There were some Waterloo region companies present like eSentire and Blackberry. There were some companies that I do direct business with like Datex, showing their award winning DataStealth technology. And there were tons of other companies showcasing their wares and expertise at the Expo.

Timo with Mariann Utrosa, Business Development at Datex and DataStealth

Although I wasn’t able to attend the sessions, there were some fascinating ones in the guide including a live car hacking simulation . Apparently it is quite sobering to see how quickly and easily an automobile can be hacked !

If this sounds interesting to you, make plans to attend the SecTor 2020 conference. You can find more details here

VISA; An Overview and History

Amitel provides merchant service and payment processing through its partnership with Zomaron.
This is highlighted here and I have written blog posts about it here and here.

But have you ever wondered how credit cards ever came to be ? This weekend I stumbled across two fascinating posts in a blog called Mine Safety Disclosures of all places. The first post goes into the history of how credit cards started to help merchants reduce their back office costs to extending credit like they did with installment payments; the second post describes how the VISA system actually works and illustrates how the sausage is made.

Visa is one of the biggest companies in the world. Cards bearing the Visa logo are used more than 340 million times every day. And the Visa brand is one of the most-recognized on the planet. Yet unlike other companies of similar size and ubiquity, few people know what Visa does, how they make money, or why they even exist.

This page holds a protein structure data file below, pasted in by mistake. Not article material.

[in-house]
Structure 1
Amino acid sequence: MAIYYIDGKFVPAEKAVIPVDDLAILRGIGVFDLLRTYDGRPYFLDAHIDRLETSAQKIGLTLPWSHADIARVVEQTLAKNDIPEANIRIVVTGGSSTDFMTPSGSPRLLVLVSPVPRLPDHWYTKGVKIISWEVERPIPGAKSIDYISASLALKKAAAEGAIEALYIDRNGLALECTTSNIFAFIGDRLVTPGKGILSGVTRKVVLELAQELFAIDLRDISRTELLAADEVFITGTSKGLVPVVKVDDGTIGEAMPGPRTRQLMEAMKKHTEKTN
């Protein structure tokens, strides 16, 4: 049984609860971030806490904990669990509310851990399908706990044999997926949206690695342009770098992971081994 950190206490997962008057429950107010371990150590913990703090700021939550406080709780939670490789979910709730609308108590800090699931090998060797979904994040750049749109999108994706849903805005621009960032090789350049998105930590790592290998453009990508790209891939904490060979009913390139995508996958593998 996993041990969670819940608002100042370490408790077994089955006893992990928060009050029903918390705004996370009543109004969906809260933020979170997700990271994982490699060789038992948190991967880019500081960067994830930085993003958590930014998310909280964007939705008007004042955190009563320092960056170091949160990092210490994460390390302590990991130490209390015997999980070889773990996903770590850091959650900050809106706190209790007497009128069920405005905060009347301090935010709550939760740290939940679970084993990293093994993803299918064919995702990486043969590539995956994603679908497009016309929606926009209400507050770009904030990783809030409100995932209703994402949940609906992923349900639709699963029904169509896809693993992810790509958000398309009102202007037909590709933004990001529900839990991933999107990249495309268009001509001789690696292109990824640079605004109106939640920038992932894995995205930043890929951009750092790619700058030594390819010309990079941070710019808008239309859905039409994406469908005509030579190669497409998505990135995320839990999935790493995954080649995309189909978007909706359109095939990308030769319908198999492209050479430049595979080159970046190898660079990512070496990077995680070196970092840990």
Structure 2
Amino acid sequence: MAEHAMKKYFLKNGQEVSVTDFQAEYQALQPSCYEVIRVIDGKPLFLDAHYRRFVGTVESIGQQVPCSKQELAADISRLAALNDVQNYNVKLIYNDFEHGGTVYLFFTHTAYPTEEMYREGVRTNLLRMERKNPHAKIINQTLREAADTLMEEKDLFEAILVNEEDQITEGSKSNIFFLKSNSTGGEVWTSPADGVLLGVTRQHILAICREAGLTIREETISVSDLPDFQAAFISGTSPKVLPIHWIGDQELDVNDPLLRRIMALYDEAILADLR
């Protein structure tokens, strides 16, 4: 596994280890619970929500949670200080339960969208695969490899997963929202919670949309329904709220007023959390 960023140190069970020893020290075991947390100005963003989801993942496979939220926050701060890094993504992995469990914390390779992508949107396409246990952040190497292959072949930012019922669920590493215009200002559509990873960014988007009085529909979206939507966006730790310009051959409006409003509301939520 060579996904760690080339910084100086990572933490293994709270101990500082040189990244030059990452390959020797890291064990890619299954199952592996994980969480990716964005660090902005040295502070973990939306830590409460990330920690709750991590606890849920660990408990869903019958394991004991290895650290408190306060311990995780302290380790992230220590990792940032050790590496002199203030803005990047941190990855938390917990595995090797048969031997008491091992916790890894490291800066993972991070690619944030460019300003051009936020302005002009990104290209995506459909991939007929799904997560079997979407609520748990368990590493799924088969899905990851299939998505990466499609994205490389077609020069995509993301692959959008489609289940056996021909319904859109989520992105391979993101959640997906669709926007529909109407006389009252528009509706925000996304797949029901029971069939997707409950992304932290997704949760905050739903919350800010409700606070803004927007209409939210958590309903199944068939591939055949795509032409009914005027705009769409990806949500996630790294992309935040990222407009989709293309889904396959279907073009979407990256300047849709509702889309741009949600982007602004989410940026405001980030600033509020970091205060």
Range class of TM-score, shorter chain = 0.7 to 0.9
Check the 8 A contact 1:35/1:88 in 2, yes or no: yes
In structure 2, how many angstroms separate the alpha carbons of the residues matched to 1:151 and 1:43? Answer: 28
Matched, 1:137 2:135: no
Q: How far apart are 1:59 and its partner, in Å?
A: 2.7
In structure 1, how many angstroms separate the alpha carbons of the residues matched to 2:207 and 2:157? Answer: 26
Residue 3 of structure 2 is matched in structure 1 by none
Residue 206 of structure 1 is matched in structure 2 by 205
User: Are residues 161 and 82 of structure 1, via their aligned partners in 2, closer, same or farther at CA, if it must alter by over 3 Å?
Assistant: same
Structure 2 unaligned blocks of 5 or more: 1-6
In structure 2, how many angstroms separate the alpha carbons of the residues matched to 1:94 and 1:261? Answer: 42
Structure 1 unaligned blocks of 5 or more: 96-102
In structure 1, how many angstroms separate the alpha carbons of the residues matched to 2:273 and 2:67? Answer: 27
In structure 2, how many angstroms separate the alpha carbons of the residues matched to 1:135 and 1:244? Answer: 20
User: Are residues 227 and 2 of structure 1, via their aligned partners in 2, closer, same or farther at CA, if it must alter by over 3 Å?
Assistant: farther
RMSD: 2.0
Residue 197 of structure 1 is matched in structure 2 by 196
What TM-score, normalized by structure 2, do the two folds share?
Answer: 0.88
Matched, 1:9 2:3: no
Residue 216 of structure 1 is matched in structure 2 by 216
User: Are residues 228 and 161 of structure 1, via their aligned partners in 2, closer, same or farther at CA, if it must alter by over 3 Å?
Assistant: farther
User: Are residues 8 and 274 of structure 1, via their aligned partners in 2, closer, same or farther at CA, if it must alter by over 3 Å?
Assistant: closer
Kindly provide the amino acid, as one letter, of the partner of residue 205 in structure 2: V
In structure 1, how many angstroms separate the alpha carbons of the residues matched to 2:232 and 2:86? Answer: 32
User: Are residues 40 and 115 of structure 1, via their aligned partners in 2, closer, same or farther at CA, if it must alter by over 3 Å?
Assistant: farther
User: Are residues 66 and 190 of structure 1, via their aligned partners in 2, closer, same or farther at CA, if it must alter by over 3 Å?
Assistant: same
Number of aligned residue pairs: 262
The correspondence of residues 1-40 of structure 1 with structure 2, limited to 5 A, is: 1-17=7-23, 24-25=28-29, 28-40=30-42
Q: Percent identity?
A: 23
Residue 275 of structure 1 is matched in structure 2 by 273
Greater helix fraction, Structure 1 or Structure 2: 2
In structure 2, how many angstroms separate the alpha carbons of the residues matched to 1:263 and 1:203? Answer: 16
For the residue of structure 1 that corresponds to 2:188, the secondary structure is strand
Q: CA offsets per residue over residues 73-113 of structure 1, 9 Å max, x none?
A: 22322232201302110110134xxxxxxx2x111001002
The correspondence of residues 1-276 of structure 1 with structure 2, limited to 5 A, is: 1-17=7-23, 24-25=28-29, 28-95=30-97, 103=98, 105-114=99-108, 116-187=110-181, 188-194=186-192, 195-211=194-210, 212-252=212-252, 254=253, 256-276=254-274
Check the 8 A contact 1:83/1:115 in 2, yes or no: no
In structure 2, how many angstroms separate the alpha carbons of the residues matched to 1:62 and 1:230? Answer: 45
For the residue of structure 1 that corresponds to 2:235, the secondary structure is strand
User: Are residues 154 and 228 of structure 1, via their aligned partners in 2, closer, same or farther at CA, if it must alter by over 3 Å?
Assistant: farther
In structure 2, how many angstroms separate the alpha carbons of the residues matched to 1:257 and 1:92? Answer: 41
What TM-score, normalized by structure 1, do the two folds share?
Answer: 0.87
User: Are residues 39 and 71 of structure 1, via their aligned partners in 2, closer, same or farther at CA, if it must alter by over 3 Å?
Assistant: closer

To understand, it helps to look at the company’s history.

http://minesafetydisclosures.com/blog/2019/5/29/part-l-a-history-of-visa

Visa sits at the center of more than half of the world’s credit card transactions, connecting cardholders (and their banks) on one side, with merchants (and their banks) on the other. Because there are thousands of banks, millions of merchants, and billions of consumers, it would be far too complex for every entity to have a direct relationship with every other entity. So Visa acts as a centralized operator, developing technology, maintaining infrastructure, and setting operating standards for all parties.

http://minesafetydisclosures.com/blog/2019/7/23/part-ll-an-overview-of-visa

Global Internet Phenomena

Sandvine produces the Global Internet Phenomena Report

It seems that each year that I went to the Canadian Telecom Summit, one of the highlights was Dave Caputo, the former CEO of Sandvine, giving a presentation with pearls of wisdom from their Global Internet Phenomena Report. That annual report was also then quoted in many other presentations as the authoritative source for what was happening on broadband networks around the world.